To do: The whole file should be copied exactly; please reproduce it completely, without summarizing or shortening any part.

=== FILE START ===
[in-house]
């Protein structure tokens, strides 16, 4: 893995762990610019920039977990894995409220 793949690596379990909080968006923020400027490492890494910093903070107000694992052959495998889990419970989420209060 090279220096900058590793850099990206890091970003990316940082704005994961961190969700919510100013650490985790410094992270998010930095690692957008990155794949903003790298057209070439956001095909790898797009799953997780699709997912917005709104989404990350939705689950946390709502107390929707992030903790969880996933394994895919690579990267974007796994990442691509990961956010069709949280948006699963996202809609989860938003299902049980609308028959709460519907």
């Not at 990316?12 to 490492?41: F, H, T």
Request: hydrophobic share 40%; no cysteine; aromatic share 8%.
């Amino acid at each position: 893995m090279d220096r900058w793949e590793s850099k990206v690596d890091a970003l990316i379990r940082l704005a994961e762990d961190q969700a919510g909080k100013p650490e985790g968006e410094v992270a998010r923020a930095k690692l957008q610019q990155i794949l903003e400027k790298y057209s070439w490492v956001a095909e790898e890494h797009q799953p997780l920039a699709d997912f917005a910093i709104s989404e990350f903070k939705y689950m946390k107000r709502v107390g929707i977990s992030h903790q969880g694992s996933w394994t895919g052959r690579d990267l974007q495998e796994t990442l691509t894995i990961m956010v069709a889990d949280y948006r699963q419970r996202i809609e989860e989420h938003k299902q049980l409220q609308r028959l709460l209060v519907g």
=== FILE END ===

[in-house]
């Protein structure tokens, strides 16, 4: 893995762990610019920039977990894995409220 793949690596379990909080968006923020400027490492890494910093903070107000694992052959495998889990419970989420209060 090279220096900058590793850099990206890091970003990316940082704005994961961190969700919510100013650490985790410094992270998010930095690692957008990155794949903003790298057209070439956001095909790898797009799953997780699709997912917005709104989404990350939705689950946390709502107390929707992030903790969880996933394994895919690579990267974007796994990442691509990961956010069709949280948006699963996202809609989860938003299902049980609308028959709460519907």
């Not at 990316?12 to 490492?41: F, H, T």
Request: hydrophobic share 40%; no cysteine; aromatic share 8%.
């Amino acid at each position: 893995m090279d220096r900058w793949e590793s850099k990206v690596d890091a970003l990316i379990r940082l704005a994961e762990d961190q969700a919510g909080k100013p650490e985790g968006e410094v992270a998010r923020a930095k690692l957008q610019q990155i794949l903003e400027k790298y057209s070439w490492v956001a095909e790898e890494h797009q799953p997780l920039a699709d997912f917005a910093i709104s989404e990350f903070k939705y689950m946390k107000r709502v107390g929707i977990s992030h903790q969880g694992s996933w394994t895919g052959r690579d990267l974007q495998e796994t990442l691509t894995i990961m956010v069709a889990d949280y948006r699963q419970r996202i809609e989860e989420h938003k299902q049980l409220q609308r028959l709460l209060v519907g």